Fisher Parrish Gallery is pleased to present our second exhibition From DADA to TA-DA!, a group exhibition curated by Max Wolf including works by Atelier Van Lieshout, Casey Jane Ellison, Daniel Klaas Beckwith, Eric Wesley, Jack Chiles, Justin Lowe & Jonah Freeman, Jes Fan, Joe Kay, Kenneth Goldsmith, Kyla Chevrier, Lloyd Corporation, Lucas Zallmann, Marie Vic, Nathaniel deLarge, Nick Van Woert, Sarah Meyohas, and Tschabalala Self.
100 years ago, Duchamp debuted his iconoclastic Readymade, Fountain, challenging the art world’s pious definition of high art, and effectively paving the way for conceptual art. Conversely, his idea of a “Reciprocal Readymade: Turn a Rembrandt into an ironing board”, was never realized and existed only as a theoretical concept. But can art be recycled? Is contemporary art a first-world indulgence? Is anything really void of symbolism? In 2017, the urgency to draw a line in the sand between form and function seems less dire, but also more complicated. For this exhibition, a group of artists and thinkers have been challenged to determine if a Reciprocal Readymade or “Nevermade” can be realized, and explore what further complications this exercise could elicit. As we careen towards hyperreality, with artwork becoming more immaterial and artist’s embracing new technologies, will the difference between artwork and utility— like reality and simulation — become equally indistinguishable?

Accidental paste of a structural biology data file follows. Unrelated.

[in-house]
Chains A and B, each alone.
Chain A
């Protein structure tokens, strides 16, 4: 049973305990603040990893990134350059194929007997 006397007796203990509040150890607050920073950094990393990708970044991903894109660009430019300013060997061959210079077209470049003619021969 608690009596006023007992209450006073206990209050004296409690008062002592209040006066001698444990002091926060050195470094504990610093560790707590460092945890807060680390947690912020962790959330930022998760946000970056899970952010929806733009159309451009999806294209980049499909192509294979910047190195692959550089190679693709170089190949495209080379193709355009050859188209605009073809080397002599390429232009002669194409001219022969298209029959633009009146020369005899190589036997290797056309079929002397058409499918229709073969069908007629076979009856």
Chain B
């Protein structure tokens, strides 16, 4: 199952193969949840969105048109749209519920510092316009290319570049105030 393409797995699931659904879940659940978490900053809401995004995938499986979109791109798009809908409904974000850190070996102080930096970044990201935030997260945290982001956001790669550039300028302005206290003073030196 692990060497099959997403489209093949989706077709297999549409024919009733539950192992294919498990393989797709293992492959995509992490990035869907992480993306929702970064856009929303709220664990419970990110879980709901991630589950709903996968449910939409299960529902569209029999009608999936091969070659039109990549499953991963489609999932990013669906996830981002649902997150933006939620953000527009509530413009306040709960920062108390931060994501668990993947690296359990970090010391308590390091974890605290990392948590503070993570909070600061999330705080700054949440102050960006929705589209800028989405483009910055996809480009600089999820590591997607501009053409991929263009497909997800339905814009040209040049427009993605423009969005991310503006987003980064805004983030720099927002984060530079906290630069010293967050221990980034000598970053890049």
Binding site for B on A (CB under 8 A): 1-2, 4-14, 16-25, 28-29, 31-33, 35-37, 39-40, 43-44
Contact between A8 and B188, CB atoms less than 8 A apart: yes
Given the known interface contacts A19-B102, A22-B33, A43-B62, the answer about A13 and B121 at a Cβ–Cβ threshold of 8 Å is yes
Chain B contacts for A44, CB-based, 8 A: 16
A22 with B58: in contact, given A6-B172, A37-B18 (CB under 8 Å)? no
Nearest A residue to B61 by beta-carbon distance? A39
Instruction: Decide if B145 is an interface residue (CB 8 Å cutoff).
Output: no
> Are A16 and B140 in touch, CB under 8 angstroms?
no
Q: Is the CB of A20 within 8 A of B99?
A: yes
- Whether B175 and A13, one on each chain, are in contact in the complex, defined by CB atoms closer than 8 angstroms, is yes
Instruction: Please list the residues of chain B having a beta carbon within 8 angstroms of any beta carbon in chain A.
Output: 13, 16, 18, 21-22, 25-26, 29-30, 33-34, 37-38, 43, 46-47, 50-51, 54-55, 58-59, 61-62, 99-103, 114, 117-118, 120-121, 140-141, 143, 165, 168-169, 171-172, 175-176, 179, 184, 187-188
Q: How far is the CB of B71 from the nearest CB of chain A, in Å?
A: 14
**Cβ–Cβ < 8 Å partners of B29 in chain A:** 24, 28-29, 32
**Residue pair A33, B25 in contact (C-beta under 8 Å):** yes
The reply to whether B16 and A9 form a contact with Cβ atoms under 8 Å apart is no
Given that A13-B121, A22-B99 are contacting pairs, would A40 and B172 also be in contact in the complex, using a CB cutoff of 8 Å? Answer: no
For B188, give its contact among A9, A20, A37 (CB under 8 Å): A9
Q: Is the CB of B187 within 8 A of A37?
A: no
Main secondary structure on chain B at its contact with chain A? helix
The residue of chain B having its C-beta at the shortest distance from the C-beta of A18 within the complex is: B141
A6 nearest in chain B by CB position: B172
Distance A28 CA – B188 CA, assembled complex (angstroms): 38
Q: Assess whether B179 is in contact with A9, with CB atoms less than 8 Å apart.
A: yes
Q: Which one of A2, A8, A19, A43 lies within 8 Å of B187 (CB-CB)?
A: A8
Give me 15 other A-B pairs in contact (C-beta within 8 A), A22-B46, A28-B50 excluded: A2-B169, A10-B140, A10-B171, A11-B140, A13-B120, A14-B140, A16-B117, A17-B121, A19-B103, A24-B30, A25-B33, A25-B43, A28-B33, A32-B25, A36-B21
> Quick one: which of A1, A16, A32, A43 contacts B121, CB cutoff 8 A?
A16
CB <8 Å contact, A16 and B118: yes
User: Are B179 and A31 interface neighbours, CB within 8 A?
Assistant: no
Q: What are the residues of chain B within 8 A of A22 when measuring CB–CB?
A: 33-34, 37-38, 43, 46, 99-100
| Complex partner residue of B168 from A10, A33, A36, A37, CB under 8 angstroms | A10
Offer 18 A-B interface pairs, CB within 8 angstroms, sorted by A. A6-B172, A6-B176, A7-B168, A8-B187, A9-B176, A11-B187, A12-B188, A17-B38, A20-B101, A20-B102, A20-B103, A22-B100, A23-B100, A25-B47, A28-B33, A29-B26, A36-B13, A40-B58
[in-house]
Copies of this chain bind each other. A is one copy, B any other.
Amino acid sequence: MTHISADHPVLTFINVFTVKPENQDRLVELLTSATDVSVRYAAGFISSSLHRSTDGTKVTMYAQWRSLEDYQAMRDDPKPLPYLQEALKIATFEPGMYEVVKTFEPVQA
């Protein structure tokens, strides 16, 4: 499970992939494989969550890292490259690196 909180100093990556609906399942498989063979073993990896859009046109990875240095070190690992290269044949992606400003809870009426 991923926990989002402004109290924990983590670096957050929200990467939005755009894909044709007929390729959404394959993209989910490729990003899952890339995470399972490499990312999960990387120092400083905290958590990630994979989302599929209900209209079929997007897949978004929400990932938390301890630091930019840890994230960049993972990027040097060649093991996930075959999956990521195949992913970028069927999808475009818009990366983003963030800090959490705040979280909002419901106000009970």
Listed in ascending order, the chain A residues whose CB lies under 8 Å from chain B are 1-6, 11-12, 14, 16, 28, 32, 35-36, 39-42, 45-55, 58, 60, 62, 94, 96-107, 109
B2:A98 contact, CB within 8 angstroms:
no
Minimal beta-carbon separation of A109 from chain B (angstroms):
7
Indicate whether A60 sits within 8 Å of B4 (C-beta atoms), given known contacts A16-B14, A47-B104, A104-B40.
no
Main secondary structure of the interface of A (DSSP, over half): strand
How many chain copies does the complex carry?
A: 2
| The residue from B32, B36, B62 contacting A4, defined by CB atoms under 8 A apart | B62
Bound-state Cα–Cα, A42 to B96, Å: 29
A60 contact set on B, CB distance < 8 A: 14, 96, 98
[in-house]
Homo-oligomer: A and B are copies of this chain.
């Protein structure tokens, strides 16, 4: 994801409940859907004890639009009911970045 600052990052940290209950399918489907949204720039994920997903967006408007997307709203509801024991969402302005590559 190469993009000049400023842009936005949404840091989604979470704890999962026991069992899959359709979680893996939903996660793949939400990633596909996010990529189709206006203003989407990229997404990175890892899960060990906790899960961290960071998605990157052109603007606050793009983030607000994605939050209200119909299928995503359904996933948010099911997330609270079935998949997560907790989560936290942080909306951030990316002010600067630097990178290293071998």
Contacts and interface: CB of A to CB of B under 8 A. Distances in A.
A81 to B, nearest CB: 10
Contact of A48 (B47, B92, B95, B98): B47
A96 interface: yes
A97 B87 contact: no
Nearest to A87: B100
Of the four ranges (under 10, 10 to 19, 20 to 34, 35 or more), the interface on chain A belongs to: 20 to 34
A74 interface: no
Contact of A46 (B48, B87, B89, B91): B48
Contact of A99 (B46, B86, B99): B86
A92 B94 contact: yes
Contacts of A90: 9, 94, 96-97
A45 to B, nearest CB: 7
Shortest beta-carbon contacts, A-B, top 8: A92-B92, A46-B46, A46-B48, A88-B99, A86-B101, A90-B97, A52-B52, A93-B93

Nevermade: (neh’fer-maid) n. It: No Gracie fare! Fr. Jamais réalisé 1. To repurpose or recycle an existing artwork (object, concept, ornament, decoration) as a unique consumer product - one that performs a particular operative function or purpose, void of any symbolism, resisting interpretation, and abandoning any former inherent significance or greater meaning. 2. The act of extracting meaning and designating utility. 3. The result of revoking/ demoting/ upgrading/ cartwheeling the status of an existing artwork, and reincarnating in the form of an object/product/tool with use value. 4. A conceptual exercise in language and appropriation meant to explore the concept of art as commodity. 5. Converting Sign into Thing.